• The second phase primarily revolves around Special Economic Zones (SEZs) development and Industrialisation.
  • CPEC is a 3,000-km long route of infrastructure projects connecting China’s northwest Xinjiang Uygur Autonomous Region and the Gwadar Port in the western province of Balochistan in Pakistan.
  • It is a bilateral project between Pakistan and China, intended to promote connectivity across Pakistan with a network of highways, railways, and pipelines accompanied by energy, industrial, and other infrastructure development projects.
  • It will pave the way for China to access the Middle East and Africa from Gwadar Port, enabling China to access the Indian Ocean and in return China will support development projects in Pakistan to overcome the latter’s energy crises and stabilising its faltering economy.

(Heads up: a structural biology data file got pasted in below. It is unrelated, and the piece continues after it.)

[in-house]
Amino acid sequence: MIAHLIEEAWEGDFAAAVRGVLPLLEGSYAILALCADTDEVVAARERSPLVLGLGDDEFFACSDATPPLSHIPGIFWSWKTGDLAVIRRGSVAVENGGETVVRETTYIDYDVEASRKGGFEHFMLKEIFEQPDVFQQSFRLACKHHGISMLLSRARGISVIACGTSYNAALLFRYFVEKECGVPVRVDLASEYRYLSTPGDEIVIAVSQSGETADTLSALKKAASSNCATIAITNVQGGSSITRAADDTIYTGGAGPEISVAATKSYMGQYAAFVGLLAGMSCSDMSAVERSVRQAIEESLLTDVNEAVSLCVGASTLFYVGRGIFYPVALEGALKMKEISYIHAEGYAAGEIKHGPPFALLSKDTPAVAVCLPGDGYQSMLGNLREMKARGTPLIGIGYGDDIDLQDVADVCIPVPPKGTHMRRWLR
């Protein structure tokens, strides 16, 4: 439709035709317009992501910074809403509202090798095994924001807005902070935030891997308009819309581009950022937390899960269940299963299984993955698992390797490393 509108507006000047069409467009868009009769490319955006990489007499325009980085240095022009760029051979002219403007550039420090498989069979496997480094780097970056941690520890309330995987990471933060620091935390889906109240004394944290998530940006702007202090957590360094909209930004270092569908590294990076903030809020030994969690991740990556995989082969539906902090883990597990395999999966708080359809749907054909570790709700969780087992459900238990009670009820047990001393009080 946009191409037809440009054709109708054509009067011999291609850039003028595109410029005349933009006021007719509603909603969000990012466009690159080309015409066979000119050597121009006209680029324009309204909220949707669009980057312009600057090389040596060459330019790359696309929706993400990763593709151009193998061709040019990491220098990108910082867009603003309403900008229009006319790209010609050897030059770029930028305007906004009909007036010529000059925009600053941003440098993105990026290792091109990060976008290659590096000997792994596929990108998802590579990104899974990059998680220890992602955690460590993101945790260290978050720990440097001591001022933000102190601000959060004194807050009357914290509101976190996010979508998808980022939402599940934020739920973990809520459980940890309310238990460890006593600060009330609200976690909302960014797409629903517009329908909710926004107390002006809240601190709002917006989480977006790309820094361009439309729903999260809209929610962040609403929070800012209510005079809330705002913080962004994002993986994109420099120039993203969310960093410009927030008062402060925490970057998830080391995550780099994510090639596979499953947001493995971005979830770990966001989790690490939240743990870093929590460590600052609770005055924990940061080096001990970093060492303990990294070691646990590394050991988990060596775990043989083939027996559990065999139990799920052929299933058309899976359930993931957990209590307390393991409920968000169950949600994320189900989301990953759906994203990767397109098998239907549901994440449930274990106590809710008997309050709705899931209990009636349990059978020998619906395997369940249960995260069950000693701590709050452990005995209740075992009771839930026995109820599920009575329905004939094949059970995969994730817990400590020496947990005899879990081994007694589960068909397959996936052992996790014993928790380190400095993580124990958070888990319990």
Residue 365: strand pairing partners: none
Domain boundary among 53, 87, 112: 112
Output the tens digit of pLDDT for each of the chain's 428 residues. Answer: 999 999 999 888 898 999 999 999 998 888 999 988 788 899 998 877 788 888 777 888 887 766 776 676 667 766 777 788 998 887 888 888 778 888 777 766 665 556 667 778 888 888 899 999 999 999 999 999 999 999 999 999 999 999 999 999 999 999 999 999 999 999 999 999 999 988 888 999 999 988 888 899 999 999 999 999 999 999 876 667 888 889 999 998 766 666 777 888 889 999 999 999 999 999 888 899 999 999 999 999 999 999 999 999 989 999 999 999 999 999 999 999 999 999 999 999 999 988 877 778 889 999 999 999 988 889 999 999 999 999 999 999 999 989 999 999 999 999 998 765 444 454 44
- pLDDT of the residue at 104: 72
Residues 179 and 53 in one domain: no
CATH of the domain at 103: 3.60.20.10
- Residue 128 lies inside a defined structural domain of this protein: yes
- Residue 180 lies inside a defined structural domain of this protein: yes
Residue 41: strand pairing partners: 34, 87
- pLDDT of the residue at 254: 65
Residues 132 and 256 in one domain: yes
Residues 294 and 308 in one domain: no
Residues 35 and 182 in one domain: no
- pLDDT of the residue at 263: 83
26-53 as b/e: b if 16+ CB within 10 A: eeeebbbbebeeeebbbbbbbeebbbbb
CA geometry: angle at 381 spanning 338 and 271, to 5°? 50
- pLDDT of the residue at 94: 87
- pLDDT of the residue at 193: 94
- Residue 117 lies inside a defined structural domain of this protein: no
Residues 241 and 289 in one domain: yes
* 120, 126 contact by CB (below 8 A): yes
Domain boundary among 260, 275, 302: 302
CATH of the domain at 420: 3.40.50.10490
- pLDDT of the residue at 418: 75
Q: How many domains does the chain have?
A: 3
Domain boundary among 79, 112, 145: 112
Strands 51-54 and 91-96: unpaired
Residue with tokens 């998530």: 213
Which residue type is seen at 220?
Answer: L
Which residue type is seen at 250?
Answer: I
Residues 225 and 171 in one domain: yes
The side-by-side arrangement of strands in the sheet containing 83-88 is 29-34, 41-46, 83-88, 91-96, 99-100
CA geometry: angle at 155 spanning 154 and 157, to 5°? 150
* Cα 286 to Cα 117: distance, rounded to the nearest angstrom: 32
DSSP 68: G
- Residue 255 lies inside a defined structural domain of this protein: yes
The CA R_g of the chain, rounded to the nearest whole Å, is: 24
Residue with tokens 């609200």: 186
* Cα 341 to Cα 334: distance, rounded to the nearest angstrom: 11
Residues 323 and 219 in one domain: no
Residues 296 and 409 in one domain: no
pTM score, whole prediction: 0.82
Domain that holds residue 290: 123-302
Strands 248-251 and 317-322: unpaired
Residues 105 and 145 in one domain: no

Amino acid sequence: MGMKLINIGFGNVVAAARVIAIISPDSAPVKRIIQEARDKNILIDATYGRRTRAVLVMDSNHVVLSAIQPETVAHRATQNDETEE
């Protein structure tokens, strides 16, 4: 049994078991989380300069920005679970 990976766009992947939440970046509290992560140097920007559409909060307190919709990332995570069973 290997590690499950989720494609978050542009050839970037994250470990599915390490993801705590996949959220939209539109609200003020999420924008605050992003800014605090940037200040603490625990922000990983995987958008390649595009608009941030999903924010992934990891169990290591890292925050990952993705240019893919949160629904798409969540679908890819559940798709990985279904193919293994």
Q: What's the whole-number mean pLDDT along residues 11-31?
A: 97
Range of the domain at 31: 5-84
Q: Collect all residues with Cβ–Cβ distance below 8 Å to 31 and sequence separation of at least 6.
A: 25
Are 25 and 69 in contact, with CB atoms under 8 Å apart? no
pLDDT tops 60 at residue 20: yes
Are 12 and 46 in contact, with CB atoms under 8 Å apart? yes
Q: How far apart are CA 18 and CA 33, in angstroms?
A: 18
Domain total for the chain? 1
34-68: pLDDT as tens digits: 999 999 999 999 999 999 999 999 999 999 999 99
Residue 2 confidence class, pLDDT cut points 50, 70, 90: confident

• CPEC is a part of the Belt and Road Initiative. The BRI, launched in 2013, aims to link Southeast Asia, Central Asia, the Gulf region, Africa and Europe with a network of land and sea routes.
  • India has been severely critical of the CPEC, as it passes through Pakistan-occupied Kashmir, which is a disputed territory between India and Pakistan.
  • India has also protested to China over the CPEC as it is being laid through the Pakistan-occupied Kashmir (PoK).
  • India is a member of the Quad (India, the US, Australia and Japan) which can provide realistic alternatives for countries looking for infrastructure and be an alternative to China. The member countries of the Quad have come up with some alternatives.
  • For Example: Blue Dot Network (BDN) and Build Back Better World (B3W) initiative’.

3. Chauri Chaura- 100 Years

Why in News?

  • The Prime Minister has recently paid tribute to the heroes of freedom struggle on completion of the hundred years of Chauri Chaura incident.